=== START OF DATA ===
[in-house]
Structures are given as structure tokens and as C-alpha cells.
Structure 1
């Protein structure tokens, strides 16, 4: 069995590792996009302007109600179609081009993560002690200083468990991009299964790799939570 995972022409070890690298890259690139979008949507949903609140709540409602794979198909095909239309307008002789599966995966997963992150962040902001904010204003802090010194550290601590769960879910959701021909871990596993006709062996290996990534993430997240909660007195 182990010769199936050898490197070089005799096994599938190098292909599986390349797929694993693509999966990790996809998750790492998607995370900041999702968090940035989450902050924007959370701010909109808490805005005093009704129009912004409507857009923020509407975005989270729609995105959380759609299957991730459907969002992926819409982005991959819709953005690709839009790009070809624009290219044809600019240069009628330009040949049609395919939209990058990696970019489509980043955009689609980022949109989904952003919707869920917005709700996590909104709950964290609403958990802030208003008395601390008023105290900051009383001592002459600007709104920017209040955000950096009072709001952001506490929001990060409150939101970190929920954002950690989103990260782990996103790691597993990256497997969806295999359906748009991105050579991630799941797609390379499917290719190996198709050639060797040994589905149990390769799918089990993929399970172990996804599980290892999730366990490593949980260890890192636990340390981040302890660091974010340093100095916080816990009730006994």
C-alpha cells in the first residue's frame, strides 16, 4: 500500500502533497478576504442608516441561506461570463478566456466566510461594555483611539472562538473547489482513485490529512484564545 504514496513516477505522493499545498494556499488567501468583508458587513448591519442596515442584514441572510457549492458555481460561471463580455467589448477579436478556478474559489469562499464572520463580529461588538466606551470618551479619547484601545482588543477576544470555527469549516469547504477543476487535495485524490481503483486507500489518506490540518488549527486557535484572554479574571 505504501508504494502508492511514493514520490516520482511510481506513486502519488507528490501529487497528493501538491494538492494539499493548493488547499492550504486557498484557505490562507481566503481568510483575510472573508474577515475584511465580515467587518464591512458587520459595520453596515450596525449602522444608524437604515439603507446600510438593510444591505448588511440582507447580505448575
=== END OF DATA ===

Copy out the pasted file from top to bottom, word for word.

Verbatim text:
[in-house]
Structures are given as structure tokens and as C-alpha cells.
Structure 1
């Protein structure tokens, strides 16, 4: 069995590792996009302007109600179609081009993560002690200083468990991009299964790799939570 995972022409070890690298890259690139979008949507949903609140709540409602794979198909095909239309307008002789599966995966997963992150962040902001904010204003802090010194550290601590769960879910959701021909871990596993006709062996290996990534993430997240909660007195 182990010769199936050898490197070089005799096994599938190098292909599986390349797929694993693509999966990790996809998750790492998607995370900041999702968090940035989450902050924007959370701010909109808490805005005093009704129009912004409507857009923020509407975005989270729609995105959380759609299957991730459907969002992926819409982005991959819709953005690709839009790009070809624009290219044809600019240069009628330009040949049609395919939209990058990696970019489509980043955009689609980022949109989904952003919707869920917005709700996590909104709950964290609403958990802030208003008395601390008023105290900051009383001592002459600007709104920017209040955000950096009072709001952001506490929001990060409150939101970190929920954002950690989103990260782990996103790691597993990256497997969806295999359906748009991105050579991630799941797609390379499917290719190996198709050639060797040994589905149990390769799918089990993929399970172990996804599980290892999730366990490593949980260890890192636990340390981040302890660091974010340093100095916080816990009730006994």
C-alpha cells in the first residue's frame, strides 16, 4: 500500500502533497478576504442608516441561506461570463478566456466566510461594555483611539472562538473547489482513485490529512484564545 504514496513516477505522493499545498494556499488567501468583508458587513448591519442596515442584514441572510457549492458555481460561471463580455467589448477579436478556478474559489469562499464572520463580529461588538466606551470618551479619547484601545482588543477576544470555527469549516469547504477543476487535495485524490481503483486507500489518506490540518488549527486557535484572554479574571 505504501508504494502508492511514493514520490516520482511510481506513486502519488507528490501529487497528493501538491494538492494539499493548493488547499492550504486557498484557505490562507481566503481568510483575510472573508474577515475584511465580515467587518464591512458587520459595520453596515450596525449602522444608524437604515439603507446600510438593510444591505448588511440582507447580505448575